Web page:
CAMERA’s WASHINGTON POST-WATCH regularly criticizes Washington Post coverage of Arab-Israeli news. But the paper’s September 11, 2003 edition, which published five major stories relating to contemporary Israel, and a sixth on ancient Jerusalem, deserves praise.
The front page story, “Instead of a Wedding, a Double Funeral in Jerusalem; Doctor and Daughter Killed in Café Bombing Buried Side by Side,” by Jerusalem correspondent Molly Moore, related the deaths of David Applebaum, 50, and his daughter, Naava, 20 – along with five other people – in the September 9 terrorist bombing of the Café Hillel. The long feature, illustrated by four color photographs, presented a detailed portrait of a remarkable father and daughter, their family, friends and co-workers, and gracefully conveyed some sense of the loss.
“Instead of a Wedding, A double Funeral in Jerusalem” continued on page A-14. Three other related stories took the rest of the page, which carried no advertisements.
Across the top was “Israel and India Draw Closer; Sharon’s Shortened Visit Yields Cooperation on Terrorism, Other Areas,” by John Lancaster of the Post’s foreign service. It was illustrated by a two-column color photo of Israeli Prime Minister Ariel Sharon with Indian security agents. The article provide a balanced look at the first visit by an incumbent Israeli prime minister to India, growing Israeli-Indian relations, concern by Pakistan, and some Indian opposition.
“Bush Backs Pressure on Palestinian Militants,” by Post staff writer Glenn Kessler, detailed President Bush’s call “for an aggressive crackdown on Palestinian militant groups, saying the dismantlement of those groups is ‘probably the most important condition for peace to prevail’.” The report erroneously used the term “militant” when reporting on Israeli targeting of leaders of the terrorist Hamas (Islamic Resistance Organization). However, it made plain the White House view that the onus is on the Palestinian leadership “to wrest control of the Palestinian security services” from Yasir Arafat and, in Bush’s words, “unleash those security forces against killers.”
“Bomber Took Revenge for Palestinians, Mother Says,” by Post foreign service correspondent Andy Mosher recounted the words of the mother and other family members of Ihab Abed Qader Abu Salim, 19, a suicide bomber who murdered eight Israeli soldiers at a bus stop near Tel Aviv a few hours before the Cafe Hillel massacre. Weakest of the five reports, it fails to distinguish between cause and effect (Israeli checkpoints, for example, exist in response to previous acts of Arab terrorism and to help prevent new ones, not, as the Palestinians complain, unjustified Israeli affronts). It also fails to pinpoint responsibility (alleged harassment apparently justifies killing among those interviewed). Nevertheless, Mosher’s report illustrates the narrow, self-justifying attitudes adopted by Palestinian Arabs to deny responsibility for their own circumstances and for mass murder.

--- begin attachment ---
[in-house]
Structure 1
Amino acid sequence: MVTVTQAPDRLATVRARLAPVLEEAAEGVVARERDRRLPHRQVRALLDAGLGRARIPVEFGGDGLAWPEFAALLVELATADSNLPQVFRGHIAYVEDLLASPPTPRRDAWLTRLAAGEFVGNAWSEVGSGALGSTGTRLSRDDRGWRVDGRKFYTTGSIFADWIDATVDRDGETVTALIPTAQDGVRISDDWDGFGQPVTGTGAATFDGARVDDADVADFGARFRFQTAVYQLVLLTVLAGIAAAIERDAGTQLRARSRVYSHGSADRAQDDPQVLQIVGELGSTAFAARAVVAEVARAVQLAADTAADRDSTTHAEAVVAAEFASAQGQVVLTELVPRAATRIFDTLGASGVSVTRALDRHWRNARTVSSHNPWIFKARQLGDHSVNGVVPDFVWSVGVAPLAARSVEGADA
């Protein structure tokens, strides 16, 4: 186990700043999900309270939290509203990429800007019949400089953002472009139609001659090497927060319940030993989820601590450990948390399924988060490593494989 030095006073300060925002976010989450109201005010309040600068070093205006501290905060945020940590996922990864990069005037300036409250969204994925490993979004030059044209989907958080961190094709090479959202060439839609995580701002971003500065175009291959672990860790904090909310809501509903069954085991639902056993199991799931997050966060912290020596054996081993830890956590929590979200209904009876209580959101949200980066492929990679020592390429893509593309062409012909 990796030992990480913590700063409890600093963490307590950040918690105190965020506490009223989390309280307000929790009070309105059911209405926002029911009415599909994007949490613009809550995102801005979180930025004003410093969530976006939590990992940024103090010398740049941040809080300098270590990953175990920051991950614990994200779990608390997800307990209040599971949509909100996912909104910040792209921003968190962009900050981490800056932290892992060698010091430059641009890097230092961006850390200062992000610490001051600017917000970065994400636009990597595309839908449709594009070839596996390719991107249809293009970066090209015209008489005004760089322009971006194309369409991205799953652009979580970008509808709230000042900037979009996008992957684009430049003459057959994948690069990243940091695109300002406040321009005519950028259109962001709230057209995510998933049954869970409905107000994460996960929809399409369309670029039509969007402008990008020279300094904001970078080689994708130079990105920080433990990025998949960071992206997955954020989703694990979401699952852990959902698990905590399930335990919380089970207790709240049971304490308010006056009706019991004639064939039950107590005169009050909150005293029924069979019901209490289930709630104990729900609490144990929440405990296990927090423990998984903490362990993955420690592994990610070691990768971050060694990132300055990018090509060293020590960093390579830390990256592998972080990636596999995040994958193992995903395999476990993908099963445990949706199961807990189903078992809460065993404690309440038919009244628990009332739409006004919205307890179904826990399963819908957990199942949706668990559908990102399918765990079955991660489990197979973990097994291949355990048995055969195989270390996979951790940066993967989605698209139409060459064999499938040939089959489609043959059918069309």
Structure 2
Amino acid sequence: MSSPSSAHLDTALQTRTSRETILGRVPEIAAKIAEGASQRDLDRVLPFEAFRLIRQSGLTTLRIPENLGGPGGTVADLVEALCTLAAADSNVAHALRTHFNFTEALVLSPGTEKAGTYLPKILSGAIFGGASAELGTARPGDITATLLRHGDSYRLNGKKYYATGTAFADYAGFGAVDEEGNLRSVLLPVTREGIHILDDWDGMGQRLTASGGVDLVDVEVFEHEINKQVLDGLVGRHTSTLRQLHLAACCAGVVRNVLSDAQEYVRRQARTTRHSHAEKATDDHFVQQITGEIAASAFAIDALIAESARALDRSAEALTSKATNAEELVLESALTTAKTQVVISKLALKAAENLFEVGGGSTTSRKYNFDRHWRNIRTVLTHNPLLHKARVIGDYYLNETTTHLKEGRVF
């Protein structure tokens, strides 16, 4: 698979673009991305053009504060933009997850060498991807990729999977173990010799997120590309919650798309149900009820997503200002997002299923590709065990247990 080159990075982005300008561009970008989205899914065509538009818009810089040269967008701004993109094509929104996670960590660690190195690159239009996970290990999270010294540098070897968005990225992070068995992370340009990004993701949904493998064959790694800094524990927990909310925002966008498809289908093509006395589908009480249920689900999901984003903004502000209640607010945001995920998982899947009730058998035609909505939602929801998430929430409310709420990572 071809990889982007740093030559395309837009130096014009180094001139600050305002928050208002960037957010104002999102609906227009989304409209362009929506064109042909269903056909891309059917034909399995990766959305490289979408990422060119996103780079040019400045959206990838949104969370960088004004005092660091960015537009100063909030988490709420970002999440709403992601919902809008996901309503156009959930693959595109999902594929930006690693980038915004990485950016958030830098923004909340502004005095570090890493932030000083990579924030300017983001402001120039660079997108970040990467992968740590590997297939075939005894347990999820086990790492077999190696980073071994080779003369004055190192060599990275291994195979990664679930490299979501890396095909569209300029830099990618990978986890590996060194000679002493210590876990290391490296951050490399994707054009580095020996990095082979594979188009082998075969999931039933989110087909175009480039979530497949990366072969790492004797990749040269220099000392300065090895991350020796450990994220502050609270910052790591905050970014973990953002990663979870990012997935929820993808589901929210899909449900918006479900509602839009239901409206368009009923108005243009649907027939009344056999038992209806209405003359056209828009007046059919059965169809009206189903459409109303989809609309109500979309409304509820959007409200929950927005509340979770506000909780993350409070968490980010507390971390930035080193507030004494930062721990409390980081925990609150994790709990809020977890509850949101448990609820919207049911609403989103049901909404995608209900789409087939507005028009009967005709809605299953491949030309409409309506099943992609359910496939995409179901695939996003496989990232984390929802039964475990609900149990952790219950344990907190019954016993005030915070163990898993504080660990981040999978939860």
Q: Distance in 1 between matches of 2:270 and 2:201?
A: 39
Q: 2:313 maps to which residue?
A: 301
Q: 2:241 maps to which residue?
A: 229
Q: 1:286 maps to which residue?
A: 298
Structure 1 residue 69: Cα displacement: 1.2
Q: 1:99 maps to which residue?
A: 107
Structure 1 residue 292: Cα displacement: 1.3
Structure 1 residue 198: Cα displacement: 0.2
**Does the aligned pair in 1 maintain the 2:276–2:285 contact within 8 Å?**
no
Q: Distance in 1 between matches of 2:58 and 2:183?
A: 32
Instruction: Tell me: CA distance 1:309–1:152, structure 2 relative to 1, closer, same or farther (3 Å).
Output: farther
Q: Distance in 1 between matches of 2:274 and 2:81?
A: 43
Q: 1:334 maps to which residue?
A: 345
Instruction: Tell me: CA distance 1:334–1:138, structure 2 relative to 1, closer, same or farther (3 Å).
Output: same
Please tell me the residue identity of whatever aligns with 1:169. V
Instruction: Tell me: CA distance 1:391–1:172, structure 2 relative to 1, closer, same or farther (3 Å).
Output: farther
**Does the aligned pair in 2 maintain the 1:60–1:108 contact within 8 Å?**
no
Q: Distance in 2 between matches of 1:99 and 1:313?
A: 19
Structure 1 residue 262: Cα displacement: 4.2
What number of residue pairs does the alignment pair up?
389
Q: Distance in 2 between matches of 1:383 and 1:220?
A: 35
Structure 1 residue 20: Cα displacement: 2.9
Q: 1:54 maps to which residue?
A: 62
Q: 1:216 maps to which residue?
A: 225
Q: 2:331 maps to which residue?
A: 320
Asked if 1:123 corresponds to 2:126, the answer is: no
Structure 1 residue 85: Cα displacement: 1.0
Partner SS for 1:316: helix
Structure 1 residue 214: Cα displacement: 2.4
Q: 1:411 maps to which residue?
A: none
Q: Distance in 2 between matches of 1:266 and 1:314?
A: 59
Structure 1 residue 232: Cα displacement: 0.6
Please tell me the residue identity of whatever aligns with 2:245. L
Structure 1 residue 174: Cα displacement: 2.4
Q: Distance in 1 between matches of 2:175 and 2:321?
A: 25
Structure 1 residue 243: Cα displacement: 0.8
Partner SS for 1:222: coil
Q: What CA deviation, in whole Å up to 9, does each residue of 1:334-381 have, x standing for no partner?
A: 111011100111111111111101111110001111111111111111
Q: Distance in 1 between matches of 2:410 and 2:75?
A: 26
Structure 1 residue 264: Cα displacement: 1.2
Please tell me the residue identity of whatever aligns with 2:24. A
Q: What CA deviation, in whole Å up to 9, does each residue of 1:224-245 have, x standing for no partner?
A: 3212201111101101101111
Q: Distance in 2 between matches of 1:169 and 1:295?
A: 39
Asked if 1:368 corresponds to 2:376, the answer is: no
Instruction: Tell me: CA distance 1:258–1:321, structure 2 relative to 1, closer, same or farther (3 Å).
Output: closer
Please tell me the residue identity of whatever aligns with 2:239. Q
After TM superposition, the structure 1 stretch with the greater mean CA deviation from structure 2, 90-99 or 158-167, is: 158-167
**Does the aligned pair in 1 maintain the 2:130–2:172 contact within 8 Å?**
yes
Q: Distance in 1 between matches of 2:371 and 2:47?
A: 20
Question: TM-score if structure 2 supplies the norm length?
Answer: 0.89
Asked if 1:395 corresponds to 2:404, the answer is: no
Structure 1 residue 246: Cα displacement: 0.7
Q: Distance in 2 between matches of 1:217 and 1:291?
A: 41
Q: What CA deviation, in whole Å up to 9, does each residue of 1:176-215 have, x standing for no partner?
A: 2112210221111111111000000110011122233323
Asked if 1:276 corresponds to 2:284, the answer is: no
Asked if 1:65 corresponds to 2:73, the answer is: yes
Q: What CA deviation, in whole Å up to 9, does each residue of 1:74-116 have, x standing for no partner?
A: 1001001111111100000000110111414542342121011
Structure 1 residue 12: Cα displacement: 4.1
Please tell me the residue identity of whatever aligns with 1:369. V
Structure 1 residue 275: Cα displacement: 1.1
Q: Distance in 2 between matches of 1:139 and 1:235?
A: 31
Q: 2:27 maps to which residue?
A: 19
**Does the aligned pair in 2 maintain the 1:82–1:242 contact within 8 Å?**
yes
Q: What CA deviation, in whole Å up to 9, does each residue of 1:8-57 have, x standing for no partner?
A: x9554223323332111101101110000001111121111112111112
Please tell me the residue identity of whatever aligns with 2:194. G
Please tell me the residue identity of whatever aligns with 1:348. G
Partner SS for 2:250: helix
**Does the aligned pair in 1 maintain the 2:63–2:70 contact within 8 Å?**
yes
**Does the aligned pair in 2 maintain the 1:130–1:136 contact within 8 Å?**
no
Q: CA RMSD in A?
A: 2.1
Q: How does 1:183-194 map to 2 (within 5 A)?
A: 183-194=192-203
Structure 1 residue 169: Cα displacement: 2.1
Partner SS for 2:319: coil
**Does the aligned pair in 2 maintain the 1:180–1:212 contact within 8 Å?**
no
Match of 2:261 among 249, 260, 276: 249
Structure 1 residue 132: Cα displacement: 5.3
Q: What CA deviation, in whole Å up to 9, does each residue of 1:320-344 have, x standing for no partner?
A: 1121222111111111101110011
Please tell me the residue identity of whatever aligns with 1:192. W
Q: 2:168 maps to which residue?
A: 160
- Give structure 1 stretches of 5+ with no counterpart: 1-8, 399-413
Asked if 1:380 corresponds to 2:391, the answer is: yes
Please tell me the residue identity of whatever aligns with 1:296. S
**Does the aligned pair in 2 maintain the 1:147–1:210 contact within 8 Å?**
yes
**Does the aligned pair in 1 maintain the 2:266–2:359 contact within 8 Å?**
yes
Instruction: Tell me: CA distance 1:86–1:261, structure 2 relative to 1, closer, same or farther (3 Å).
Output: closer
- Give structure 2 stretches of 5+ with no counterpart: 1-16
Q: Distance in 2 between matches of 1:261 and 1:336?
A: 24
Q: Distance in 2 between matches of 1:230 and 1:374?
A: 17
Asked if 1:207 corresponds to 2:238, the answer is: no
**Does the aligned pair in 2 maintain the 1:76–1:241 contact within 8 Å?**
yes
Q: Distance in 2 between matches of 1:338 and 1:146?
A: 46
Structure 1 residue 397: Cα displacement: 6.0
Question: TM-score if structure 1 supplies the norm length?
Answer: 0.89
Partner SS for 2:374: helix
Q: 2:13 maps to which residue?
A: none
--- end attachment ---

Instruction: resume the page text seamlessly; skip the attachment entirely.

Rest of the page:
“Israeli Jet Bombs Home of Hamas Leader, Killing 2; Group’s Co-Founder Among 30 Injured,” by Jerusalem correspondent John Ward Anderson, illustrated by one large color photograph and two maps, takes the top half of page A-13, first of the “World News” section. Several erroneous usages weaken this otherwise detailed story. Mahmoud Zahar, target of the attack, is referred to a “political leader” as if Hamas was a party instead of a terrorist organization. A statement vowing attacks on Israeli homes is said to come from Hamas’ “military wing.” Again, an organization whose hallmark is murdering civilians does not possess a “military wing.” Nevertheless, although buried, information that Israel might have failed to kill Zahar and, in an earlier attack, Hamas leader Sheik Ahmed Yassin, because it used smaller bombs to lessen civilian casualties, and that Israel held Zahar responsible for planning terrorists attacks and preaching incitement also appears.
“Scientists Confirm Ancient Date of Jerusalem Conduit; Siloam Tunnel May Have Been Planned to Offset Siege,” by Post staff writer Guy Gugliotta, with a large black-and-white photograph, smaller satellite photo and map takes the top half of page A-3. It reports new research that “confirmed what a majority of scholars had long believed — that the tunnel was built about 700 B.C. and is almost certainly [King] Hezekiah’s ‘conduit,’ mentioned in II Kings 20:20 and further described in II Chronicles 32:3-4.” Newsworthy in its own right, the report also helps rebut a school of new Bible critics who alleged that Jewish history before the Babylonian exile — and, by implication, early Jewish claims to nationhood and to eretz Yisrael — are based on myth or legend.